If you grew up in America, there's a pretty good chance you had at least one run-in with a tooth fairy. But, where the hell did this strange myth come from in the first place? Does it have ancient roots, is it linked with Greek mythology, is it a wonderful myth as old as humankind?
Not exactly. In fact, it's a very recent mythical being with very American origins.
Let's first address what we know, more or less, about the tooth fairy today. First, a child has to lose a "baby tooth". The baby tooth is then placed under the pillow at night while the child sleeps. The child may also include a note with the tooth, thanking the tooth fairy and asking for some sort of present or wish. Finally, when the child wakes up the next morning there is a small token underneath the pillow, usually money and the tooth and the note are gone!
Now that that has been established, let's get into where this strange tradition started.
The tradition of dealing with baby teeth is much older than the tooth fairy herself. According to Michael Higston, a reporter from Salon covering the strange history of the tooth fairy, "Every recorded human culture has some kind of tradition surrounding the disposal of a child’s lost baby teeth."
These disposal methods, of course, was of interest to many cultural anthropologists and researchers and one such researcher, BR. Townend, even distilled it down to 9 basic forms.
- The tooth was thrown into the sun
- Thrown into the fire
- Thrown between the legs
- Thrown onto or over the roof of the house, often with an invocation to some animal or individual
- Placed in a mouse hole near the stove or hearth or offered to some other animal
- Hidden where animals could not get it
- Placed in a tree or on a wall
- Swallowed by the mother, child or animal.
This same question - "Where" and "Why" boggled a professor at Northwestern University Dental School, named Rosemary Wells. She began what would become a career-defining search for the origins of the tooth fairy, going as far as opening a museum of the tooth fairy run out of her home and appearing on major entertainment programs like the Oprah Winfrey show.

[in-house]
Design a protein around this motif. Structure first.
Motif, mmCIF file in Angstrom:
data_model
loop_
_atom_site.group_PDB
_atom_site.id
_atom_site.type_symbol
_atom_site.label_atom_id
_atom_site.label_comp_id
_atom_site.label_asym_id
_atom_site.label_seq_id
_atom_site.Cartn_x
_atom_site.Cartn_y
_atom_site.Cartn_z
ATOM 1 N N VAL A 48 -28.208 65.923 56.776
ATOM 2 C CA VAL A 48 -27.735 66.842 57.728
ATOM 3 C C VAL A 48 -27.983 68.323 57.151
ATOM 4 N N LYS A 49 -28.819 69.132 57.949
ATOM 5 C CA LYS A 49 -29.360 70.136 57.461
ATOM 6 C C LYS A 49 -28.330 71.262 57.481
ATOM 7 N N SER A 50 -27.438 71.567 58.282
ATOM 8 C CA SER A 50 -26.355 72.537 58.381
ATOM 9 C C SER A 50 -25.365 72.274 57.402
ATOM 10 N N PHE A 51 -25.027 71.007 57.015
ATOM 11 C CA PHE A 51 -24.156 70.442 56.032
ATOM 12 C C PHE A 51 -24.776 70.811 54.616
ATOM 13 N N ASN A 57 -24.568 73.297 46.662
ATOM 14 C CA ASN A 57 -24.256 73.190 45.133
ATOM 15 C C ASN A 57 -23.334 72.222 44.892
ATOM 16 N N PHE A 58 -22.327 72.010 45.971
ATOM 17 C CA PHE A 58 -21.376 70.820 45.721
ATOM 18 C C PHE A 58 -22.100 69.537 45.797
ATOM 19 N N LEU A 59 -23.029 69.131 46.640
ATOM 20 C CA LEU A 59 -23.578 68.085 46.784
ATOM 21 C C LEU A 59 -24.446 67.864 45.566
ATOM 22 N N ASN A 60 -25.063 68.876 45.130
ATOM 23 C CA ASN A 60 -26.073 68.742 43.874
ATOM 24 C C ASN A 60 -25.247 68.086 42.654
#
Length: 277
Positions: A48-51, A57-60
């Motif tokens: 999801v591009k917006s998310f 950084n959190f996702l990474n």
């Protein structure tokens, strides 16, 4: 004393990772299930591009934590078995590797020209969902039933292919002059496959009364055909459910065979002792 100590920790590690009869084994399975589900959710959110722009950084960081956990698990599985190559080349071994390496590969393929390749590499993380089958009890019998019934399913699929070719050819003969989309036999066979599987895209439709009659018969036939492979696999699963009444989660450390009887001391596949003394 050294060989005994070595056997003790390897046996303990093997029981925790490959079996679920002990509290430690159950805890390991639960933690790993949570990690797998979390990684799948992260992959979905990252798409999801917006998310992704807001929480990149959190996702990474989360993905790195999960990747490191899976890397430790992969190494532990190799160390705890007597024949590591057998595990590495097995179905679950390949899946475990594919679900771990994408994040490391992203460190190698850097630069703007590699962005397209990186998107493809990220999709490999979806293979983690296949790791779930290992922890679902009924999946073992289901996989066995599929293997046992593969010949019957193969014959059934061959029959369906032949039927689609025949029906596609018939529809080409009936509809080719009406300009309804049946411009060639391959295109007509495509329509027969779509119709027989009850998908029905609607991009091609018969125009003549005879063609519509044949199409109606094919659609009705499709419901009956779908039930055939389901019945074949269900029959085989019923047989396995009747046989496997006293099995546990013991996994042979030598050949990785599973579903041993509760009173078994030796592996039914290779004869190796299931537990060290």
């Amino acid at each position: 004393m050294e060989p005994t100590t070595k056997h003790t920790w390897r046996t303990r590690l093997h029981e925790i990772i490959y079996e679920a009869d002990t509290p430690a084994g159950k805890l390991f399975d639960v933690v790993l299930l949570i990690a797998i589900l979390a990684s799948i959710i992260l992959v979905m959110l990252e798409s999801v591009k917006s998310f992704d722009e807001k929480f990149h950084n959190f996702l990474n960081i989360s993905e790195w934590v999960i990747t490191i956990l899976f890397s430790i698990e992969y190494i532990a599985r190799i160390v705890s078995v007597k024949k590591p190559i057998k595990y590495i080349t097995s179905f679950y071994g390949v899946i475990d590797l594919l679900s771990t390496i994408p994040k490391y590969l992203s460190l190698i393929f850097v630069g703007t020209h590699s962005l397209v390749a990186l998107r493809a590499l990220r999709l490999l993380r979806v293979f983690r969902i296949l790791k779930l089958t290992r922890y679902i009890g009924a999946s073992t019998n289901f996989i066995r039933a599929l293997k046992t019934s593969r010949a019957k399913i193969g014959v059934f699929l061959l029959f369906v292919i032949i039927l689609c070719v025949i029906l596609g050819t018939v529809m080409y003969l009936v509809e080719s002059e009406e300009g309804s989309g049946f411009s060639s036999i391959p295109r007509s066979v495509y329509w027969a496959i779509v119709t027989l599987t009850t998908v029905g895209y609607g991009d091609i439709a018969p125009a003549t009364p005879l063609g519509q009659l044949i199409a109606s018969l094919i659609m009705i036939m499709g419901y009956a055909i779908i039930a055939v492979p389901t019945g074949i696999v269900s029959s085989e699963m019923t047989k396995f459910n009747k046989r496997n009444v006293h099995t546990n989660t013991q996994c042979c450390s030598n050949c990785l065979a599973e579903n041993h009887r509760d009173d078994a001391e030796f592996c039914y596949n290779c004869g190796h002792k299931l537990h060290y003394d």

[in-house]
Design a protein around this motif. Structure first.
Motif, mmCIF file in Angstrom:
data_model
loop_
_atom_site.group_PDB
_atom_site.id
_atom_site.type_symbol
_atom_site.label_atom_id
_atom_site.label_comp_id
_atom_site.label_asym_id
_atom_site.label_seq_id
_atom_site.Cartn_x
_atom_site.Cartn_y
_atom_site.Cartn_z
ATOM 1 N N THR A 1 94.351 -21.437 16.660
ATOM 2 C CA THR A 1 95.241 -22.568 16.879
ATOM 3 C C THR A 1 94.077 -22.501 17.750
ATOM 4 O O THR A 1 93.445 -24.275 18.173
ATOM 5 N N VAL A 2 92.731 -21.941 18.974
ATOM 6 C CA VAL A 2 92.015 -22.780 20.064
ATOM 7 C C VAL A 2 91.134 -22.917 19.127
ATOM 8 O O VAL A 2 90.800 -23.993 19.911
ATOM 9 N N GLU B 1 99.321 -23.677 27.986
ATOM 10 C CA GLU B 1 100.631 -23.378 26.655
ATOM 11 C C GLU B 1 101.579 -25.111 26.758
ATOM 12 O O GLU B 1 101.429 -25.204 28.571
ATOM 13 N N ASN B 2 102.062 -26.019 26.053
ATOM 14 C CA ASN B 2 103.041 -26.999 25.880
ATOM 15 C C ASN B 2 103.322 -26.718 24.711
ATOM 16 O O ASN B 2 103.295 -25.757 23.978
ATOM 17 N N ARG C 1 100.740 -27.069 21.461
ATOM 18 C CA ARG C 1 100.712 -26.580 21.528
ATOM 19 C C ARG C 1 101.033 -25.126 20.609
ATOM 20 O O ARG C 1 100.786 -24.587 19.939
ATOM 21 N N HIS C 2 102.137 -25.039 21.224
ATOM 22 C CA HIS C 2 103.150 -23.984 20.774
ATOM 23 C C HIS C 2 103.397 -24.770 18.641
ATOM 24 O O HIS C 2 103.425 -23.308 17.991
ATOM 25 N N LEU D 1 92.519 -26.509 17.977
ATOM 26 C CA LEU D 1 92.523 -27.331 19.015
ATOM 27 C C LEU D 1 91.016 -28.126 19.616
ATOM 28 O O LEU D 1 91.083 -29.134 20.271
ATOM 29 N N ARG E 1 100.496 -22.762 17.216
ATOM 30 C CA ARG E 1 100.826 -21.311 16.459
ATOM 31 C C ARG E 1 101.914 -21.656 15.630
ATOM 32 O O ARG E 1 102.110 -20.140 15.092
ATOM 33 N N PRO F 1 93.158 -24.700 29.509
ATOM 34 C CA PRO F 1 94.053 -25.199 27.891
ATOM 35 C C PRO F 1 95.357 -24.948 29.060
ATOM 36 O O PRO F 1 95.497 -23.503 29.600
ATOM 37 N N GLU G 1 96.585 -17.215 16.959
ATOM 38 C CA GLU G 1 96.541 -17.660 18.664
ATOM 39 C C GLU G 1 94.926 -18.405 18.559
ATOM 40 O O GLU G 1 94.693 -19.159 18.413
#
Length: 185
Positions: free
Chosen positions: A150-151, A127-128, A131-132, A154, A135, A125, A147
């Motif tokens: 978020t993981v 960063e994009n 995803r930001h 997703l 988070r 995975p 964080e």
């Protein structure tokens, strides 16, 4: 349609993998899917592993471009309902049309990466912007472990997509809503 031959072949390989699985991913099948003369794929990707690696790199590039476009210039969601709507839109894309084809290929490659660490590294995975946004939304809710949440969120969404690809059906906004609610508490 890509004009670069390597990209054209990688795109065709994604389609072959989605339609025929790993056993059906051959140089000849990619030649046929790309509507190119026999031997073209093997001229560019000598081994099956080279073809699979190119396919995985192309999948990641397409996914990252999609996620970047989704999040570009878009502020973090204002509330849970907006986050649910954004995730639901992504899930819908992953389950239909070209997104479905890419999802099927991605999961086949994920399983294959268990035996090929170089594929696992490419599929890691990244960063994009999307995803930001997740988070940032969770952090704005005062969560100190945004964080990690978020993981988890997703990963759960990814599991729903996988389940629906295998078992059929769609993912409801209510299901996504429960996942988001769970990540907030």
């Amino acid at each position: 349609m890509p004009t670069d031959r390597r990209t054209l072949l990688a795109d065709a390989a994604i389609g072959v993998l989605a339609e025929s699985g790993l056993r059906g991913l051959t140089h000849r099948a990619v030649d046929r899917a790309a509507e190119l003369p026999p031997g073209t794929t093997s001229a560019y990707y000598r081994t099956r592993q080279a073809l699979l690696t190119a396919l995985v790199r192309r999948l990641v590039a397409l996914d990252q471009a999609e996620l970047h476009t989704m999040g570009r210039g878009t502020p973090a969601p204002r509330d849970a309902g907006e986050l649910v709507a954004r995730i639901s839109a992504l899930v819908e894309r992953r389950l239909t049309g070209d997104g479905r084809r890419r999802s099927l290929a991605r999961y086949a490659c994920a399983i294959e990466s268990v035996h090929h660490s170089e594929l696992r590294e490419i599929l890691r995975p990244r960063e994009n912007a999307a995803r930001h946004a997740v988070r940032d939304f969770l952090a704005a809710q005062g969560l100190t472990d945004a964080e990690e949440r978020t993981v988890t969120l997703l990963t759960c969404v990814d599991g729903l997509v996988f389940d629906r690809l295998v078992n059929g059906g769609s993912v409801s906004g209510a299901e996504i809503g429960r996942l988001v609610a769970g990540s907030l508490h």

So, what year did the tooth fairy officially sashay onto the scene? According to the research of Wells and others, around 1927 is her first print appearance. She is a character in a short, 8 page playlet for children by Esther Watkins Arnold. However, there is some belief that she was mentioned orally as early as the turn of the 19th century. Although, of course, there is not much written record of it.
Her origins are believed to be a cross between two myths. First, the legend of a mouse that sneaks into a child’s bedroom and performs the cash-for-teeth swap - a legend that spans everywhere from Russia to Mexico. The second is the typical “good fairy,” a mainly European figure that crept its way over the Atlantic. This lore mixed the rise of Disney in the mid-1960s and became a cultural explosion of the tooth fairy.
It is believed the tooth fairy has remained in the popular zeitgeist for so long because of the purpose she serves. Losing one's teeth, especially at such a young age, can be quite scary. There is the tension of anxiety of waiting for a wiggly tooth to come out, sometimes a necessary tug, and often blood. The tooth fairy myth offers comfort during this strange and uncomfortable time, promising that the pain and scariness of the event will end in a treat from a magical being.
So, what makes it so American?
In her article "Flights of Fancy, Leaps of Faith,” Cindy Dell Clark, another academic researcher, argued that "the use of monetary rewards — and leaving money for each tooth, not just the first one, is another distinctly American invention — helps children transition into the world of adulthood, where cash is a symbol of increased agency and responsibility." Not to mention, the rise in popularity follows at a time of American prosperity. During the great depression, just giving away nickels and dimes would not make sense. However, during a time of more economic prosperity, the tooth fairy myth could flourish.
So there you have it - the strange, slightly convulted myth of the tooth fairy!
The above image is from Flickr user Ginny and is liscensed under Attribution-ShareAlike 2.0 Generic (CC BY-SA 2.0).